The burden on Indian airports is certainly at par—if not higher—than many global peers. In the days preceding the Coronavirus outbreak, the airports of New Delhi, Mumbai, Bengaluru, and Hyderabad operated at over 130% of their installed capacity (terminal and airside combined), according to research firm CRISIL. “Capacity at these four airports will increase a cumulative 65% to 228 million annually (from 138 million now) by fiscal 2023. [At the same time] passenger traffic is expected to grow strong, at up to 10% per annum over the same period,” says Manish Gupta, senior director, CRISIL Ratings. Because the additional airport capacities (again, combined terminal and airside) will become operational by 2023, but only in phases. In that context, the high passenger growth is likely to add to the congestion. That in mind, according to CRISIL, ₹38,000 crore in capex, largely debt-funded, is being undertaken by the operators of these airports from 2020 to 2024. This is the highest amount invested for any five-year period.

Member airports of APAO are operated by the private sector through long-term concession agreements with the government. The operators are assured of steady returns by collecting tariffs from passengers and airlines, which are decided by the Airports Regulatory Authority of India. These tariffs are reviewed every five years. Acuité Ratings & Research president Suman Chowdhury says operators can seek an increase in passenger user charges (or the user development fee that passengers pay) if expected revenue from passenger traffic is not generated, as the current scenario suggests. “We believe that any such compensation for low traffic in a short window (likely to be two to three months) over the five-year control period may be difficult to obtain or, at best, it may not come in a timely manner,” he says.

Graphic by: Anirban Ghosh
Graphic by: Anirban Ghosh

Keeping in view the unfolding situation, APAO is considering seeking a moratorium on the airport’s payment of revenue share to the government. “For example, New Delhi’s airport pays a revenue share of 46% and Mumbai’s airport pays almost 39% revenue share to the government,” points out Nayar, who in the same breath admits that airport infrastructure in the country has been behind the demand curve. “I don’t think anybody anticipated this kind of growth [from 14 million domestic passengers annually to 144.17 million in 2019],” he says.

This growth is the reason why most of these operators have already chalked out expansion plans of their passenger capacity for the next three to five years.

With an outlay of ₹9,000 crore, the GMR Group is gearing IGIA to handle a passenger traffic of 100 million annually, up from 64 million at present. Besides the addition of a fourth runway, likely to become operational by year end, the number of apron stands—where an aircraft can park—is being increased from 55 to 82. At Hyderabad airport too, GMR is doubling the airport’s passenger capacity to 50 million annually. (Meanwhile, in February this year, Groupe ADP, which operates the Paris-Charles de Gaulle, Paris-Orly and Paris-Le Bourget airports, picked up a 49% stake in GMR Airports Limited (GAL), the airports business of the GMR Group, for ₹10, 780 crore. The deal pegged GAL at a post-money valuation of ₹22,000 crore.)

In Bengaluru, the Kempegowda International Airport (or BLR Airport) is undergoing a massive ₹13,000-crore infrastructure expansion. The airport handled 33.65 million passengers in 2019, registering a 4.1% growth over the previous year. Besides a second runway, the first phase of a second terminal (T2) is being built, and should be operational in 2021. Supporting infrastructure including aprons, taxiways, landside development, and utilities are being constructed too.

“Once Phase 1 of T2 goes live in 2021, BLR Airport will be able to able to cater to approximately 45-50 million passengers per annum,” says Hari Marar, managing director and CEO of Bangalore International Airport Limited (BIAL), which operates BLR Airport. The airport is also widening its main access road from four lanes to 10; this is scheduled for completion in early 2021. “For the foreseeable future, we do not see any congestion at the BLR Airport—the new infrastructure will create additional capacity and enable us to serve up to 90 million passengers per annum,” says Marar.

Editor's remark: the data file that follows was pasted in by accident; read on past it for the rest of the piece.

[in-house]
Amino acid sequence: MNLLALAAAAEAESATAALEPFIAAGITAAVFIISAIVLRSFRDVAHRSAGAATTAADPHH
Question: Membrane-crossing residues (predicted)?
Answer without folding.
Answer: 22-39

The government, too, is looking to up the ante. India has 137 airports with a passenger capacity of 370 million, of which 127 are operated by the government-run Airports Authority of India. Of these, 96 airports are operational, while the remaining 41 are either non-operational or have negligible passenger flow. Recently, the government announced an ambitious plan of opening 100 airports in five years, entailing an investment of `1 lakh crore. Among those is the Navi Mumbai International Airport, in Panvel, which is being built by GVK, the operators of CSIA in Mumbai.

“In the first phase, we are talking about one runway servicing around 10 million passengers. That is noise; it won’t make a difference. We need to think big from the get-go,” says Kapoor, who estimates that Mumbai’s second airport needs to open with four runways and be able to handle passenger traffic of about 50 million annually. This is akin to Beijing Daxing International Airport, the second airport in Beijing, China, which opened last year. “I don’t think the Navi Mumbai airport is solving the problem [of congestion issues at CSIA] because the ambition is too limited, too small,” he adds. Also, the Navi Mumbai airport has been in the works since the late ’90s, but has been stalled due to various environmental clearances. “If our major cities remain hobbled because of airport capacity, Indian aviation will remain hobbled in growth,” says Kapoor.

Even as the Indian government promotes various growth-friendly initiatives such as its regional connectivity scheme Udan (Ude Desh Ka Aam Naagrik) and the proliferation of new airports, connectivity to airports located in state capitals remains key. Simply because, most people living in smaller cities want to travel to the big cities. “For Udan and the small airports to reach full potential, the big metro airports need to provide hub capacity,” adds Kapoor. Unfortunately, Udan, which was launched in 2016, hasn’t been a runaway success. Only about a third of the air routes (of over 600) awarded under the scheme are operational. And these routes are now primarily being serviced by mainline carriers such as IndiGo, SpiceJet and Air India. Most of the regional airlines that were meant to benefit from Udan have ceased operations.

The Delhi airport has three runways, with the third one being added only in 2008.
The Delhi airport has three runways, with the third one being added only in 2008.

In most major airports around the world, expansions are done in partnership with airlines. In fact, in some cases, terminals are dedicated to the airline. In India, says Kapoor, this kind of a dialogue is very limited. “It’s more about the airports and the government deciding the future growth,” he says. But that, then, becomes a point of contention for the ‘other’ side. Because, as Nayar of APAO retorts, “Airlines went and placed large orders with aircraft manufacturers, which was not discussed with the airports. Unless their business plans are told in advance, airports will never know what the actual growth forecast looks like.”

At this point, though, all stakeholders will agree: The current climate— and the future of aviation—doesn’t allow for any blame game. Instead, it calls for joint preparedness for a turbulent path ahead.